THE Food and Drug Administration's (FDA) Division of Cytokine Biology recently held a workshop to explore the clinical uses of hematopoietic growth factors (HGF), the hormonelike proteins that control the development and differentiation of blood cells (See From the FDA, page 1296).
Nine potential human HGFs have been identified, their genes cloned, and their chromosomal locations pinpointed. They have been produced in quantity by recombinant DNA methods.
In the past 2 years, several HGFs have been evaluated in clinical trials. Some of the investigators conducting these trials presented the emerging applications for the agents.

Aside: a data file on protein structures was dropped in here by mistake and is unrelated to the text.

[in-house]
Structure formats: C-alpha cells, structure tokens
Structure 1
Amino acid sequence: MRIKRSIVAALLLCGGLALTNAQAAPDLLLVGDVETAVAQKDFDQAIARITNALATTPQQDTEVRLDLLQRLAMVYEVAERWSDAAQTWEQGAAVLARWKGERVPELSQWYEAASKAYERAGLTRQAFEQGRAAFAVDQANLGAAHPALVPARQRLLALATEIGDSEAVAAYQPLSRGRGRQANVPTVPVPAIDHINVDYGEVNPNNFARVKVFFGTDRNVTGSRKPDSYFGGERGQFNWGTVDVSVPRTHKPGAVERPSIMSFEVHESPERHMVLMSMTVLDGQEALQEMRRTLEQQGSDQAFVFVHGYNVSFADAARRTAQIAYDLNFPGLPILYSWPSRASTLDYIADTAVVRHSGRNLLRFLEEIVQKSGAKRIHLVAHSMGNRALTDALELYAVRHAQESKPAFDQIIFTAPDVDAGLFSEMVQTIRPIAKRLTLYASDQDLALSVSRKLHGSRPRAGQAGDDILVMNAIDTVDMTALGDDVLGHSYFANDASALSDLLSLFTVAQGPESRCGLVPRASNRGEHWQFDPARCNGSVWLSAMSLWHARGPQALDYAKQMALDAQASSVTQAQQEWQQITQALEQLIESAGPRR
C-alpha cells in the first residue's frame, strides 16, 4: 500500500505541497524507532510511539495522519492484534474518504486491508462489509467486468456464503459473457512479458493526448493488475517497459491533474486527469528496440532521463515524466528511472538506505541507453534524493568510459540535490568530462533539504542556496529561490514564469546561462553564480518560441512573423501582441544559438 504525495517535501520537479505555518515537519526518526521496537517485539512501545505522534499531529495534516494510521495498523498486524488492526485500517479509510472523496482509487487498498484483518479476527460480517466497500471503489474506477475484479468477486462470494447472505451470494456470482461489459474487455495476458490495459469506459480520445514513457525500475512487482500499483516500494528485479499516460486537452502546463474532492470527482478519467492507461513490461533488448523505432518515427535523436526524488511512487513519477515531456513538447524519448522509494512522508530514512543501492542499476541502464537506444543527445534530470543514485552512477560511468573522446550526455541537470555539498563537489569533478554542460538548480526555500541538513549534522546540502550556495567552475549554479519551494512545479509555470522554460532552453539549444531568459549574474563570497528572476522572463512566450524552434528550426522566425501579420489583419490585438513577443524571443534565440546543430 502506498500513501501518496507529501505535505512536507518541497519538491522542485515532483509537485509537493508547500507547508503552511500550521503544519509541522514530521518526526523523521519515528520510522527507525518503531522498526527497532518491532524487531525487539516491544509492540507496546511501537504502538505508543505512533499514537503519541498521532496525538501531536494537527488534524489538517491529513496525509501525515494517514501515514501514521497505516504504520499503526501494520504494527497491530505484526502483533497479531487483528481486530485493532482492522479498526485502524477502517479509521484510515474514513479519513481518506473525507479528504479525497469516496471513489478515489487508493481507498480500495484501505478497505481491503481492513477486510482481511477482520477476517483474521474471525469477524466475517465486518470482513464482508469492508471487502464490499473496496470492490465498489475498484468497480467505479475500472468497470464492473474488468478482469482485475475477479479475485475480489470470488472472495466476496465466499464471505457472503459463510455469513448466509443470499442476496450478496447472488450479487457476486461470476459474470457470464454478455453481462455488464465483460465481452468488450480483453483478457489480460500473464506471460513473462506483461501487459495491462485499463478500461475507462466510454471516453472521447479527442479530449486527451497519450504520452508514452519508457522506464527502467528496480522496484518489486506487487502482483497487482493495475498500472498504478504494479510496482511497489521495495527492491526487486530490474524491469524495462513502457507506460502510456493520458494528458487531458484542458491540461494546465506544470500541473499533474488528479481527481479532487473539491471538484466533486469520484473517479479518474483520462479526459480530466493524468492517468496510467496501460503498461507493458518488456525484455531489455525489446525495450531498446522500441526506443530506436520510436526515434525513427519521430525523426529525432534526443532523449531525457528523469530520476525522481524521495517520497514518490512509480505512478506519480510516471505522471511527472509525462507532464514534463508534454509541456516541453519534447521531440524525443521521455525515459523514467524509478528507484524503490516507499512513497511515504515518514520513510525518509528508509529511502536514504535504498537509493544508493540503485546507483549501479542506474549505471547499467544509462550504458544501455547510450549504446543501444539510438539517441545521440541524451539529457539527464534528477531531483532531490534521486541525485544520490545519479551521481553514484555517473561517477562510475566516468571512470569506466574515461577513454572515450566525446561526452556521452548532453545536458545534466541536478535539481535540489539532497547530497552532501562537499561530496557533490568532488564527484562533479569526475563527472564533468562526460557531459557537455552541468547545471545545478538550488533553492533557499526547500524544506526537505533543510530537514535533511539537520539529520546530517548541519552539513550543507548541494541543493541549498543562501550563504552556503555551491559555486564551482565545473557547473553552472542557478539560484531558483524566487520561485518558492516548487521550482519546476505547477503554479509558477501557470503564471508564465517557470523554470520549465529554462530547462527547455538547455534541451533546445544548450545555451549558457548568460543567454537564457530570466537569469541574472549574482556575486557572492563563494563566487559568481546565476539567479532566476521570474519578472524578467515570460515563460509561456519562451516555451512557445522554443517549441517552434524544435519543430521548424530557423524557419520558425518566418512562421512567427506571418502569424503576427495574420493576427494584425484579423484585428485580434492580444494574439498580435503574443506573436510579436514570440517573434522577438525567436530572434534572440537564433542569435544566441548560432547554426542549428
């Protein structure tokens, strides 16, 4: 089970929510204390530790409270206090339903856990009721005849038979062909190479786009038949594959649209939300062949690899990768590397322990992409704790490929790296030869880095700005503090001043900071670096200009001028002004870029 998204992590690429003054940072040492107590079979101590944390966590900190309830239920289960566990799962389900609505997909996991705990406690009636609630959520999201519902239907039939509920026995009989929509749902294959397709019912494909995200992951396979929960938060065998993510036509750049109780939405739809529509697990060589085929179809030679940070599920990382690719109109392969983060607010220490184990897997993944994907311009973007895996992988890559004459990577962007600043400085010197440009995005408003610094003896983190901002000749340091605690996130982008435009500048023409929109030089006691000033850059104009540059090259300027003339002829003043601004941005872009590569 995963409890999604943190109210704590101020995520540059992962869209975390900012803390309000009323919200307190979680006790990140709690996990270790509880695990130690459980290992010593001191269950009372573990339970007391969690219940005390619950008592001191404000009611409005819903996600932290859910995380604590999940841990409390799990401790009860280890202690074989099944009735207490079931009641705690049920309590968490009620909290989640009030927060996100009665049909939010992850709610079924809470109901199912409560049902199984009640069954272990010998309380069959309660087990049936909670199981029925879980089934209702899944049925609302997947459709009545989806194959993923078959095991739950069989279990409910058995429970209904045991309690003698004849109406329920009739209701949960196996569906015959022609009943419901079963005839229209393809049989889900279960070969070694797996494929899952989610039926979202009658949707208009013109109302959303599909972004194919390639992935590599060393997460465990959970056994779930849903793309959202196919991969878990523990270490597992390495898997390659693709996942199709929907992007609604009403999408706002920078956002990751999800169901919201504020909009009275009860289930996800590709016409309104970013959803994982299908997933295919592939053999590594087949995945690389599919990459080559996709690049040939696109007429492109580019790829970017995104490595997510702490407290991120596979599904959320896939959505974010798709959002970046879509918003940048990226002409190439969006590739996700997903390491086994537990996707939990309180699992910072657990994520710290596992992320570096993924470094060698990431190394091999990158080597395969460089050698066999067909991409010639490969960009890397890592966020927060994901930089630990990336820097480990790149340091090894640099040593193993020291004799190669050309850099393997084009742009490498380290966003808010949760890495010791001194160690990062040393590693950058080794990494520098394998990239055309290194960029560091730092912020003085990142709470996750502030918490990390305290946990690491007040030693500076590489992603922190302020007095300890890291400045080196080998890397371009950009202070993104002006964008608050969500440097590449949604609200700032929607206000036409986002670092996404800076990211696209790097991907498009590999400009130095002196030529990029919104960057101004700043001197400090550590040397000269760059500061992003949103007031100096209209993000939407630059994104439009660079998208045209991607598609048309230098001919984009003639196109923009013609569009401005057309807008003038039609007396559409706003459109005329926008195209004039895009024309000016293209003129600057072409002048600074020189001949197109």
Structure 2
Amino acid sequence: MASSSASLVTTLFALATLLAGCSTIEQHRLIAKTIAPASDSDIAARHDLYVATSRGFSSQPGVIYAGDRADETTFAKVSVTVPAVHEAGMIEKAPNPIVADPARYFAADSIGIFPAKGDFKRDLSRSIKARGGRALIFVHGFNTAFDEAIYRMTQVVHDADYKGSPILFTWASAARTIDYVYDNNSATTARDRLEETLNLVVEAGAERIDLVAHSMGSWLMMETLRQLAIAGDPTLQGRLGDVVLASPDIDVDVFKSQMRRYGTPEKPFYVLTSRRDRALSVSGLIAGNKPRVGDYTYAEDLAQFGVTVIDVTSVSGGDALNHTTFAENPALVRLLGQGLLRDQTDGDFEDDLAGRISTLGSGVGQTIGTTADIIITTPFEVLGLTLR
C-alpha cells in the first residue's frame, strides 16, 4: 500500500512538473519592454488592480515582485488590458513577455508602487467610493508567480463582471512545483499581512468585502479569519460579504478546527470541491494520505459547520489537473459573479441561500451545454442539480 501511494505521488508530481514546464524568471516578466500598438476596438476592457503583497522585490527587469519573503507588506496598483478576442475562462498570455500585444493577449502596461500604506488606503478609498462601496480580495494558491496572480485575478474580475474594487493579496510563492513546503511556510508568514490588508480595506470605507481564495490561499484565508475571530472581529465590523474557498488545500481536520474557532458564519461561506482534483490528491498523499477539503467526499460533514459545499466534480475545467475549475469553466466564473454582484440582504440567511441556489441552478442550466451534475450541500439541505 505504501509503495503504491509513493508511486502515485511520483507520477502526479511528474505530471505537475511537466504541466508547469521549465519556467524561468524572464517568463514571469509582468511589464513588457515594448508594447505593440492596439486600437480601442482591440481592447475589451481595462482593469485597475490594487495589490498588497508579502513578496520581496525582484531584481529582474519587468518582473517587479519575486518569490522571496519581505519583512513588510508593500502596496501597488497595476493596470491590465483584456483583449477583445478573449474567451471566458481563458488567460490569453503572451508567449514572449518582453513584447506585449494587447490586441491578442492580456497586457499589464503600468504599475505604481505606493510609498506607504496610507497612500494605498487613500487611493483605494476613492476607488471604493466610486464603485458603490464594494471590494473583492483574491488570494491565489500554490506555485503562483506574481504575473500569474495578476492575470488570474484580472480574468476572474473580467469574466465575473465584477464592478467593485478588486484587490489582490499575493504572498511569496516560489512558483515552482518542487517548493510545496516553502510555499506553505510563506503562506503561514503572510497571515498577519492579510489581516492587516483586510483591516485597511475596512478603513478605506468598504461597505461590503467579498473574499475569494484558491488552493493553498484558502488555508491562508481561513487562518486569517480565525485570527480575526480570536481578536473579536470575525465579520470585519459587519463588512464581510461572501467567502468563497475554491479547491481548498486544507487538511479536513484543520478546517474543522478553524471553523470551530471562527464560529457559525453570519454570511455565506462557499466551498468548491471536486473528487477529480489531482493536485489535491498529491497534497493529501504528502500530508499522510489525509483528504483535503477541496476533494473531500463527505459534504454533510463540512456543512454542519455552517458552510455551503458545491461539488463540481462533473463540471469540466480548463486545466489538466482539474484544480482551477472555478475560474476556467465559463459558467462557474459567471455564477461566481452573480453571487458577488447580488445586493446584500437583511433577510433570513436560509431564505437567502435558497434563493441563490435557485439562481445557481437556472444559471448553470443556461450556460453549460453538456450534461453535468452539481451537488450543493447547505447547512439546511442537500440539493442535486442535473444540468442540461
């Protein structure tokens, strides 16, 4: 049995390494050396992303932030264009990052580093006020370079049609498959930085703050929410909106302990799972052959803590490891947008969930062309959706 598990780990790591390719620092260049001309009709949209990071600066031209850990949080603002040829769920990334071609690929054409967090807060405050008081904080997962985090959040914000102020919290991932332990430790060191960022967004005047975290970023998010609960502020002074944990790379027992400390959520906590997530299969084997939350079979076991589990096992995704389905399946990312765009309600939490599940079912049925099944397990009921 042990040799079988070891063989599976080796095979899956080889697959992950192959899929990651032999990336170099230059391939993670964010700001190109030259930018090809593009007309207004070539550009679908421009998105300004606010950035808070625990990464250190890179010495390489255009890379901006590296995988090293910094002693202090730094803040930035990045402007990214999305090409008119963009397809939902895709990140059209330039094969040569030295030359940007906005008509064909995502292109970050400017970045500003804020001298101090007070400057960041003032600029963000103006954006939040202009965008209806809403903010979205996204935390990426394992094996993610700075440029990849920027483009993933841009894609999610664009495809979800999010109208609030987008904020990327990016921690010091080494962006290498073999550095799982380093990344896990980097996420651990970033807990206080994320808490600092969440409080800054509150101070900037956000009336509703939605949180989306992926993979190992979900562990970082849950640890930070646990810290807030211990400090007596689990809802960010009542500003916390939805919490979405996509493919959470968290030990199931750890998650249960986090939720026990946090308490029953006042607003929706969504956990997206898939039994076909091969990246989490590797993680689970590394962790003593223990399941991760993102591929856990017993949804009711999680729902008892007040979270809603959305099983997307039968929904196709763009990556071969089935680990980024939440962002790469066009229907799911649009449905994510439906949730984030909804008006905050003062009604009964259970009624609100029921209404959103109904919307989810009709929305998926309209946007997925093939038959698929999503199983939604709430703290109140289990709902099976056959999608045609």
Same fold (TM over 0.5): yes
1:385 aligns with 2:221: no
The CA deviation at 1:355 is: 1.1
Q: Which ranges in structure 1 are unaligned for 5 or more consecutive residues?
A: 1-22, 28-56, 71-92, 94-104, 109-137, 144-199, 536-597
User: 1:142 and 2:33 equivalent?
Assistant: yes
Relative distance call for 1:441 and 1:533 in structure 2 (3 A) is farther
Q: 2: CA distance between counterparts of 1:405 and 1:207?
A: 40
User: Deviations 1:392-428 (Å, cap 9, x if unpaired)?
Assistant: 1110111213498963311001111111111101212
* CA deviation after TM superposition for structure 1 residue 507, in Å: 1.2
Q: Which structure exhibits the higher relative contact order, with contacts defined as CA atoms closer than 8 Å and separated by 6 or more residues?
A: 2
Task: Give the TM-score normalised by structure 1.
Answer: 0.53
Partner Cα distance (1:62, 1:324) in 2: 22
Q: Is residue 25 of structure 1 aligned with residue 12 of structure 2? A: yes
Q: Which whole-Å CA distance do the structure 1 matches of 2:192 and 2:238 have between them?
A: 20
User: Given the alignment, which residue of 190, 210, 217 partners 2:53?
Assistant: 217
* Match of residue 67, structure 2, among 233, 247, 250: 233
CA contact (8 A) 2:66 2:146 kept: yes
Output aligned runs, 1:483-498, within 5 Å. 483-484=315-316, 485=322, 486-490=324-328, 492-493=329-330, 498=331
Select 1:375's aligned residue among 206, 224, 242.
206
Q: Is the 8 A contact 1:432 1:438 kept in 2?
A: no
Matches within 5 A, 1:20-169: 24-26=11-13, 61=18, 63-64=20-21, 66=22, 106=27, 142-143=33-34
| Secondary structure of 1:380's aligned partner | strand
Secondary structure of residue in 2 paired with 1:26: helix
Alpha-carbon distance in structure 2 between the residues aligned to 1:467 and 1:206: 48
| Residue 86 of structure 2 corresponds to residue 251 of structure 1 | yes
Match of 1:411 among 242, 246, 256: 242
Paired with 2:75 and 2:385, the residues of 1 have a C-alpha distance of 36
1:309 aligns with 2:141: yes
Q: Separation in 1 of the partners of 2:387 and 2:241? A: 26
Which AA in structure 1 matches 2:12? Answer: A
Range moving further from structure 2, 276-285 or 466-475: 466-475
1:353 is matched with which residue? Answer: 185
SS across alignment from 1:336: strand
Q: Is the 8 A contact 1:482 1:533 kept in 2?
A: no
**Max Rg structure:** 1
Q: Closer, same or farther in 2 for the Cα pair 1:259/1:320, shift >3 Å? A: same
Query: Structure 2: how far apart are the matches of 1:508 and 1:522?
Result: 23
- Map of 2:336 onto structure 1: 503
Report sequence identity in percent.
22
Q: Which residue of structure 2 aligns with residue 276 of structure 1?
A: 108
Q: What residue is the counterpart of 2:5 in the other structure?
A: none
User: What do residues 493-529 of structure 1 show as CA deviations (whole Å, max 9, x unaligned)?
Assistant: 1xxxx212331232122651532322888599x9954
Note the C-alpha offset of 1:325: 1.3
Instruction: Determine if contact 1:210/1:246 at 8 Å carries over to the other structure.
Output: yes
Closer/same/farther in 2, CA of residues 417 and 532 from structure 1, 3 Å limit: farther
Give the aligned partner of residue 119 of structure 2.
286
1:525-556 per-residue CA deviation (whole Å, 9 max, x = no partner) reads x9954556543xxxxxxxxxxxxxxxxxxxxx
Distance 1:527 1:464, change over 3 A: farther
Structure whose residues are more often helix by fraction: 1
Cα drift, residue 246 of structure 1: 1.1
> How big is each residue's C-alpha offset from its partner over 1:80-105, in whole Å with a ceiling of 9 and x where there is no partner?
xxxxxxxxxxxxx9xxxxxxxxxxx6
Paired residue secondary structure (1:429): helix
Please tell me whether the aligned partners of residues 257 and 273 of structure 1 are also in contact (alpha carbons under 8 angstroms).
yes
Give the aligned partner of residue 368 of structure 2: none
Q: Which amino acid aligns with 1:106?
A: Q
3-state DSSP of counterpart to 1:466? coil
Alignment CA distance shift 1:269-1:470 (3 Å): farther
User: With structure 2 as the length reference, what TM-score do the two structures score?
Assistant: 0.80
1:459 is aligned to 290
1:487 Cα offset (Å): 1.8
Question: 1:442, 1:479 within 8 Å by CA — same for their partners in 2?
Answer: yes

Jordan Gutterman, MD, of the M. D. Anderson Cancer Center, Houston, Tex, chaired a session on the use of two HGFs, granulocyte colony-stimulating factor (G-CSF) and granulocyte macrophage colony-stimulating factor (GM-CSF), as adjuvants in cancer chemotherapy. Gutterman said that early results of several studies indicate that the agents have reduced periods of severe neutropenia